Chapter 1

The Spirit of Basic

Every computer language has its own feel, its own atmosphere, its own spirit. You canít really define this spirit, but you know what it is when you see it. I think of Basic as the antithesis of a statement attributed to Albert Einstein:

Make things as simple as possibleóbut no simpler.

Had that quote been written by the original designers of Basic, John Kemeny and Thomas Kurtz, it would have been simplified further:

Make things simpler than possible.

That is the contradiction hardcore Visual Basic programmers live with. We want things to be simple, elegant, and intuitiveóbut they arenít. We want our programs to model realityóbut they donít. We want our language to work the way we think, not the way computers or operating systems want us to thinkóbut weíre not willing to pay the price.

The nebulous Spirit of Basic exists only in our minds. Real implementations of Basic, including Microsoft Visual Basic, have to compromise. Sacrilege keeps creeping in. Thereís an inherent conflict between the desire to keep it simple and the desire to do what needs to be done, whatever the cost. I use the term un-Basic to describe these compromises, whether they are built into the language or built into our code.

This book tries to maintain the Spirit of Basic, against all odds. Sometimes itís tough. First, the book deals at length with the Microsoft Windows Application Program Interface (API), which was written in C and is permeated with the Spirit of C. Second, the bookís philosophy is to accept no limits, although Visual Basic has built-in limits that can be overcome only with great effort. Third, Basic is slowly becoming an object-oriented language, but it remains to be seen how well objects can be realized in the Spirit of Basic. Version 4 made a good opening argument. Iíve been disappointed by the slow progress in version 5. Maybe next timeÖ.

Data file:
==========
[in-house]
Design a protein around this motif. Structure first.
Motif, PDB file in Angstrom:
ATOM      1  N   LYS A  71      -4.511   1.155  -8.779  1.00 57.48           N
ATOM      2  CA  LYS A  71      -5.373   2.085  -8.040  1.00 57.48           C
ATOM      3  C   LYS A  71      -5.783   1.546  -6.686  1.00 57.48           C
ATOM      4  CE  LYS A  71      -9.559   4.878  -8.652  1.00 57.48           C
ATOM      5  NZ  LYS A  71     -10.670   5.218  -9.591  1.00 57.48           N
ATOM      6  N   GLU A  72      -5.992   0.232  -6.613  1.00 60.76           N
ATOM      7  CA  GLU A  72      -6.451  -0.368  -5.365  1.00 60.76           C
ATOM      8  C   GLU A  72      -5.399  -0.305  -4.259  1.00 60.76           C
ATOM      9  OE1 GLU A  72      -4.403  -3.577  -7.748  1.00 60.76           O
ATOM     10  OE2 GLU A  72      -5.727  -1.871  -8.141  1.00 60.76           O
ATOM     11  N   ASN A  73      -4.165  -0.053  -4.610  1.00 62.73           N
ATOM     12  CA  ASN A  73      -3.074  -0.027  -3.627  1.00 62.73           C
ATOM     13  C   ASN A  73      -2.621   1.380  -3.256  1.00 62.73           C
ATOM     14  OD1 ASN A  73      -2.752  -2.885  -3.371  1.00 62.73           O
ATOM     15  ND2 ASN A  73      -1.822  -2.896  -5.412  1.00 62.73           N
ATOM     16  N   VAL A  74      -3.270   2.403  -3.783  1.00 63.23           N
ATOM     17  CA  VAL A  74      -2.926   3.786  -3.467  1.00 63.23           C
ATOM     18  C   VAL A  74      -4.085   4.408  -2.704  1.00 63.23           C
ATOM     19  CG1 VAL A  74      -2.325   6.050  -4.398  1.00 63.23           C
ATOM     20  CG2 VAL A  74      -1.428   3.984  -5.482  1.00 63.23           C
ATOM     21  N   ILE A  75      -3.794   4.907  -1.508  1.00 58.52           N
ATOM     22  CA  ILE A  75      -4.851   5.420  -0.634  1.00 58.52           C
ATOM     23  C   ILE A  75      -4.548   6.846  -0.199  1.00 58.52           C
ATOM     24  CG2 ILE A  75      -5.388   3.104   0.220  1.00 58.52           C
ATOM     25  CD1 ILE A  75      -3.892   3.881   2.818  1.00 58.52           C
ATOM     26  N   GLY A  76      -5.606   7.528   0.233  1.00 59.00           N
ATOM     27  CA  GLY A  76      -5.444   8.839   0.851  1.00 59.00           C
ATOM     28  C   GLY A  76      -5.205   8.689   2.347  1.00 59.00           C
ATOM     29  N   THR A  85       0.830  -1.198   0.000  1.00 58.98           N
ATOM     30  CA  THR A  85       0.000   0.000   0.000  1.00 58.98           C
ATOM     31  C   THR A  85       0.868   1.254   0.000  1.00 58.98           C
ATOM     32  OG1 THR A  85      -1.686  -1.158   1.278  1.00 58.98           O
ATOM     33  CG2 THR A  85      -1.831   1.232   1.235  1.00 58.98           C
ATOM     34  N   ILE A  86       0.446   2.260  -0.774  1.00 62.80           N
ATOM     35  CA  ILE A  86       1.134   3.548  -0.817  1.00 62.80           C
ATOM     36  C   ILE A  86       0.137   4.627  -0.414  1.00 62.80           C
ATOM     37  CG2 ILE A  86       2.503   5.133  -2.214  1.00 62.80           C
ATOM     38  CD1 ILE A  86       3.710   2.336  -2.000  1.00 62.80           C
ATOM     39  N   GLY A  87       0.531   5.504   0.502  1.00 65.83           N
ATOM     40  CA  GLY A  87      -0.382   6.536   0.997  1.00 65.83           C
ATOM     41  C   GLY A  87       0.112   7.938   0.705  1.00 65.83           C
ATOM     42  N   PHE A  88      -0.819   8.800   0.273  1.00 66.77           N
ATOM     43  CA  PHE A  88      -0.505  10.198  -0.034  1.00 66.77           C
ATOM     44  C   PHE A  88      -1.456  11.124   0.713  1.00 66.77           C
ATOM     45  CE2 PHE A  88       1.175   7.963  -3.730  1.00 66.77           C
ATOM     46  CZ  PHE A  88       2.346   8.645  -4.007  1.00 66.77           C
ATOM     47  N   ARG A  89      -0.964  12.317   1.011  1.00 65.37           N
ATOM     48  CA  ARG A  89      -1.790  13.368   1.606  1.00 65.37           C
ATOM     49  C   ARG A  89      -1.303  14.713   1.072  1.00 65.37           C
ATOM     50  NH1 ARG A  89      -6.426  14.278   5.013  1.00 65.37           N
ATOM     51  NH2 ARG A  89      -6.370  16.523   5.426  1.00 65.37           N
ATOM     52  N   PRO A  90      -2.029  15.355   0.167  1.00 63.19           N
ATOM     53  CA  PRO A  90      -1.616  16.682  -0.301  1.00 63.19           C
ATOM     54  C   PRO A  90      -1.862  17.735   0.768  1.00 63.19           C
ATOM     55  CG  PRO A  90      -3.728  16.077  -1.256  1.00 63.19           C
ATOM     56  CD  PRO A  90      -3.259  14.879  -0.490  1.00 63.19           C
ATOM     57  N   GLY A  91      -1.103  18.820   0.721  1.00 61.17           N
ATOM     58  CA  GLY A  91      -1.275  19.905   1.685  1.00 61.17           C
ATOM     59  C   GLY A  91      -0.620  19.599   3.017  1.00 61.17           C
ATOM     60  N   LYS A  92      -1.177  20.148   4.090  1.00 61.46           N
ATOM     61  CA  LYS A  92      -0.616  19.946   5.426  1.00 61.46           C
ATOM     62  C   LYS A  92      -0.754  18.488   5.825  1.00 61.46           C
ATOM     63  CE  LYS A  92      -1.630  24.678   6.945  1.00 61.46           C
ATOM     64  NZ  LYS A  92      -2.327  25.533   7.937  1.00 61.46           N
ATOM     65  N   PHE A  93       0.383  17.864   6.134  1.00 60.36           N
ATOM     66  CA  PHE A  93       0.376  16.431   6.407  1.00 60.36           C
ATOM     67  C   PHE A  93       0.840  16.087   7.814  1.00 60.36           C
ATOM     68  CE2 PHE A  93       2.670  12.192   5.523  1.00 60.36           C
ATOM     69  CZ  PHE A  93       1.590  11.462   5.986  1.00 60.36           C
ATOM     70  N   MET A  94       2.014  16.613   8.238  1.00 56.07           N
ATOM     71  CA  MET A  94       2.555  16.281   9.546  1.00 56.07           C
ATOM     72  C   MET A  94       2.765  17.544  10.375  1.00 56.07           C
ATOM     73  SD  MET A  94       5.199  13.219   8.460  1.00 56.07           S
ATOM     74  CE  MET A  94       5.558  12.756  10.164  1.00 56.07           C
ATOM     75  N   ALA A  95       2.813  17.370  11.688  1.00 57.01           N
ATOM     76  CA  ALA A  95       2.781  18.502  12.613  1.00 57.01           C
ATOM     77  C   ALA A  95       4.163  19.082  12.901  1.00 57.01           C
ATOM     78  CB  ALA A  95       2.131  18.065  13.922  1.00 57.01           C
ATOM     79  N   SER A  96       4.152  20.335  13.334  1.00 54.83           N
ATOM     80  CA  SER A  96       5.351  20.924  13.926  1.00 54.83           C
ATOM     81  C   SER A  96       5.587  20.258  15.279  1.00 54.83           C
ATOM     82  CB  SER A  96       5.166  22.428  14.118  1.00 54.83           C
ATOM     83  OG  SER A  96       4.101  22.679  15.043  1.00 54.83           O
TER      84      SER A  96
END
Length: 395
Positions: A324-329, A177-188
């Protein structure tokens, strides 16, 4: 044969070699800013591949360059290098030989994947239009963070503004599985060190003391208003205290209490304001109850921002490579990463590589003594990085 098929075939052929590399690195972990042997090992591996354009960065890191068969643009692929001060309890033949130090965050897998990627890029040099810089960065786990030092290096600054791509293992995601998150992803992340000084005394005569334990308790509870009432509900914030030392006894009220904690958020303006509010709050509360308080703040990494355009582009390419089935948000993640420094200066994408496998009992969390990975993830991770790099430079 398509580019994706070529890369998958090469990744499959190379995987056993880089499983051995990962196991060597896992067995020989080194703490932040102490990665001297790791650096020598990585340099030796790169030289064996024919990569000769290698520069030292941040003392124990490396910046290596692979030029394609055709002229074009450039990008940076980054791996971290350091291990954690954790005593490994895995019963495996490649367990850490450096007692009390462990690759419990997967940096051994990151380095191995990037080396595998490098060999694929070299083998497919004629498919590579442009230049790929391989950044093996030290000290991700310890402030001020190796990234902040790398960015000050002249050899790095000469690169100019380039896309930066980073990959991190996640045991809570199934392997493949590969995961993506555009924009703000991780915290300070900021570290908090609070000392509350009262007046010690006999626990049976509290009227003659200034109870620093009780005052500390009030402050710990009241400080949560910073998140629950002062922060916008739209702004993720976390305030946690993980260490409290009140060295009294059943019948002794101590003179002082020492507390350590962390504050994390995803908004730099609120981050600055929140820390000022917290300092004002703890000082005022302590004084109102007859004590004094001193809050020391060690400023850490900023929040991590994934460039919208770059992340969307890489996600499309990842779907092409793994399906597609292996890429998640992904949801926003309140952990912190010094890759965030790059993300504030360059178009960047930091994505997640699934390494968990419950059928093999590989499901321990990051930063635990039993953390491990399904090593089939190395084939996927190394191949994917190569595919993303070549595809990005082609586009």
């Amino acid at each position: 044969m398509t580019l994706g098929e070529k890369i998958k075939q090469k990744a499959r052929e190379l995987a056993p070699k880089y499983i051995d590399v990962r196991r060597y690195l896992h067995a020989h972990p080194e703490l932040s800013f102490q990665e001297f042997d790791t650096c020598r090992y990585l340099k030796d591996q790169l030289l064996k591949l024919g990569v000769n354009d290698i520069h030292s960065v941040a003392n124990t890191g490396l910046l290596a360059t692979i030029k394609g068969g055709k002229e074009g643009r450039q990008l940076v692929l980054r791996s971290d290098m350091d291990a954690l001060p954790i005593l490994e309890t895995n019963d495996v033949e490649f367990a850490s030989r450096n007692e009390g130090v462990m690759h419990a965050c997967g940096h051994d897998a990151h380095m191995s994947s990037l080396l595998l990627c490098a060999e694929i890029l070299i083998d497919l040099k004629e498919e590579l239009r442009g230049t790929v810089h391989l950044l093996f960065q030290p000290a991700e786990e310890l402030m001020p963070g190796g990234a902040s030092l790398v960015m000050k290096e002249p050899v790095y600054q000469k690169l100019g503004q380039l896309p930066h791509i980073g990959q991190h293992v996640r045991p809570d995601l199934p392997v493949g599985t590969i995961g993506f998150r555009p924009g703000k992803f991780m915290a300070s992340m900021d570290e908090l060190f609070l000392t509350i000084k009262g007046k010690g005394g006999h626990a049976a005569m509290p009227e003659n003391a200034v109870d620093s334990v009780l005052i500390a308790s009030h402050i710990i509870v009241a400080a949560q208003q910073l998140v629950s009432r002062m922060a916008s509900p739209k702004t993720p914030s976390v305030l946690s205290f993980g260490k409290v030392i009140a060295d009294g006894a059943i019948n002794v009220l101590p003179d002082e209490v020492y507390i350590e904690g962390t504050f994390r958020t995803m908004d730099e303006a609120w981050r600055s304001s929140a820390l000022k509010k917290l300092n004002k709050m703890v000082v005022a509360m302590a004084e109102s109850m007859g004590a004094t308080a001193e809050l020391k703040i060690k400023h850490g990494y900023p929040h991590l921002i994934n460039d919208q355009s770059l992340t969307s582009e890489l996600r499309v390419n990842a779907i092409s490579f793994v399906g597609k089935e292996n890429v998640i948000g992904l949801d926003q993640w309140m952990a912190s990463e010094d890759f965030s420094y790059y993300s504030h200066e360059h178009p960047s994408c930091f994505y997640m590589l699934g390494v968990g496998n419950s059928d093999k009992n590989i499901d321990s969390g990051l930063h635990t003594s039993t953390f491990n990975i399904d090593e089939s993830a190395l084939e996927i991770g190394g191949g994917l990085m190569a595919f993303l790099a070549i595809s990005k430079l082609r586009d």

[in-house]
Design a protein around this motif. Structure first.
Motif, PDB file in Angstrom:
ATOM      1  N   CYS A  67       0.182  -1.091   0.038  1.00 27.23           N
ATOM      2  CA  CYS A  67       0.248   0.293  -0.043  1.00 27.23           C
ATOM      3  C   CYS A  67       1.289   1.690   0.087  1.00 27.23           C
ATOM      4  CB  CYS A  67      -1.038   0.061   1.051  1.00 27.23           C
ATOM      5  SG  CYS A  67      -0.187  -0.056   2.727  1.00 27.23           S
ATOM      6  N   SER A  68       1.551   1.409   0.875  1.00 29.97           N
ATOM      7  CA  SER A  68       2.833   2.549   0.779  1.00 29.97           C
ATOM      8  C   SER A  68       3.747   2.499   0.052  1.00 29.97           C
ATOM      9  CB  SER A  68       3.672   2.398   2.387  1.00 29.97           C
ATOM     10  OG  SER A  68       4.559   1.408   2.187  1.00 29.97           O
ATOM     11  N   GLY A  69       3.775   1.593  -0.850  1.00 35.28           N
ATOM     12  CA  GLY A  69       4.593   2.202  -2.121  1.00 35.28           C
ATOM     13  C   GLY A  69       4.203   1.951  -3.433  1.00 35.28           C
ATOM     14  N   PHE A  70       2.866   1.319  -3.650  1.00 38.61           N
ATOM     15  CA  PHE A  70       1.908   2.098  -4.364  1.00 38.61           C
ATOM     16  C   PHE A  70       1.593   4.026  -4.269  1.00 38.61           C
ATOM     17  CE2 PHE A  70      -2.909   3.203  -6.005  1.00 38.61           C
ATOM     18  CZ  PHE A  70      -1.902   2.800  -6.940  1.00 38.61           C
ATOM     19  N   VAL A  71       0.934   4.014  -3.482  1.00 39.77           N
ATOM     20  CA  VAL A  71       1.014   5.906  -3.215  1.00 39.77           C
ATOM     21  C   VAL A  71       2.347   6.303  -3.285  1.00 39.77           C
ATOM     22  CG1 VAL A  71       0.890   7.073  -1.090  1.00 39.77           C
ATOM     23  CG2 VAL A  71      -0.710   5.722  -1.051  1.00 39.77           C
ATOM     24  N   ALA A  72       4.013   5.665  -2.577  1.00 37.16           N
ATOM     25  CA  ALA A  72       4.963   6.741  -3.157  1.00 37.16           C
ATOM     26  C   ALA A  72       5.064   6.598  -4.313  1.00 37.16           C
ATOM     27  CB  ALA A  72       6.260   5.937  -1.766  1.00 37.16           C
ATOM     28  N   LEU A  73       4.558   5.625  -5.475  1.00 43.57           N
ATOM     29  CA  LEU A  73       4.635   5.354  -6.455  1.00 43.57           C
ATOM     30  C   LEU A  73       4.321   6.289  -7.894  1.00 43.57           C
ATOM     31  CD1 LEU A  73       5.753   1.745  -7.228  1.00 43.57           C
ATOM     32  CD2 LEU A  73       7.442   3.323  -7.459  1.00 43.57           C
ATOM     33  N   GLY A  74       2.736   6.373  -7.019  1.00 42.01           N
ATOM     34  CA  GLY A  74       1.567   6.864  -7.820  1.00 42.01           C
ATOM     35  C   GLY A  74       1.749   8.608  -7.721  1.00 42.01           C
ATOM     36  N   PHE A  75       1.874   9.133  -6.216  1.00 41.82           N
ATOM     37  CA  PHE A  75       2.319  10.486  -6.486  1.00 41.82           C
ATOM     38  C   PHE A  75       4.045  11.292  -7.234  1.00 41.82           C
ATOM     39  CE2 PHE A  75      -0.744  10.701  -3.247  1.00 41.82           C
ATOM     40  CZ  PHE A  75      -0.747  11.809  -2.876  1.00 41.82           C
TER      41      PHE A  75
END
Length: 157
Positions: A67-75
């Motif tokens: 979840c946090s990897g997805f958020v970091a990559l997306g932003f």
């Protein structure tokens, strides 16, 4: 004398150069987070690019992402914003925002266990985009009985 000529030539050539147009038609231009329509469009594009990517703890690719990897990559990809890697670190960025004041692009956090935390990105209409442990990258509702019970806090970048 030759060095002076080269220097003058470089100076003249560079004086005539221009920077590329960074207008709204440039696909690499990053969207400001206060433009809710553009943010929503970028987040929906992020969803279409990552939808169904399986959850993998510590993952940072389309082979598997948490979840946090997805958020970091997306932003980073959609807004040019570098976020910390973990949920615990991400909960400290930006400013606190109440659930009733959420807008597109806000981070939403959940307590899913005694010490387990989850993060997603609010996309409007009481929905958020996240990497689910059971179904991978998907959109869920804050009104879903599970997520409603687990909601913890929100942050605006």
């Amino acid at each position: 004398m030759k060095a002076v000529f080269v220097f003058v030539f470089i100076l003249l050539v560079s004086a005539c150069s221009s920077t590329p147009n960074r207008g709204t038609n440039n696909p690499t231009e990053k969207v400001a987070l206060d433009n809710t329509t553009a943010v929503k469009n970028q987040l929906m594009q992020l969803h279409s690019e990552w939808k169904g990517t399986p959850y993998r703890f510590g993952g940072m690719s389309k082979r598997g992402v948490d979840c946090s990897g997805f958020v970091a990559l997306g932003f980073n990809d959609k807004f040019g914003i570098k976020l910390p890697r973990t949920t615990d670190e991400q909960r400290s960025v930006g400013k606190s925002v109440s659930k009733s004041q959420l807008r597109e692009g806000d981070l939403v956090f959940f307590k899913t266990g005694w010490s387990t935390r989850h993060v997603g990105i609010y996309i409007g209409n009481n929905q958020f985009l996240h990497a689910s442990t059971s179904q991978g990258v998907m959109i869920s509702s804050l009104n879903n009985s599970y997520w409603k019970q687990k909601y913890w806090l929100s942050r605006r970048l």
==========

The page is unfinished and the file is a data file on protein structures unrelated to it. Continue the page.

Despite the inclusion of techniques that can only be described as un-Basic, this book is not about how to write C in Basic. Iíll try to keep things Basic and to wrap un-Basic code in wrapper routines so that you can use it without constantly thinking about the heresies involved.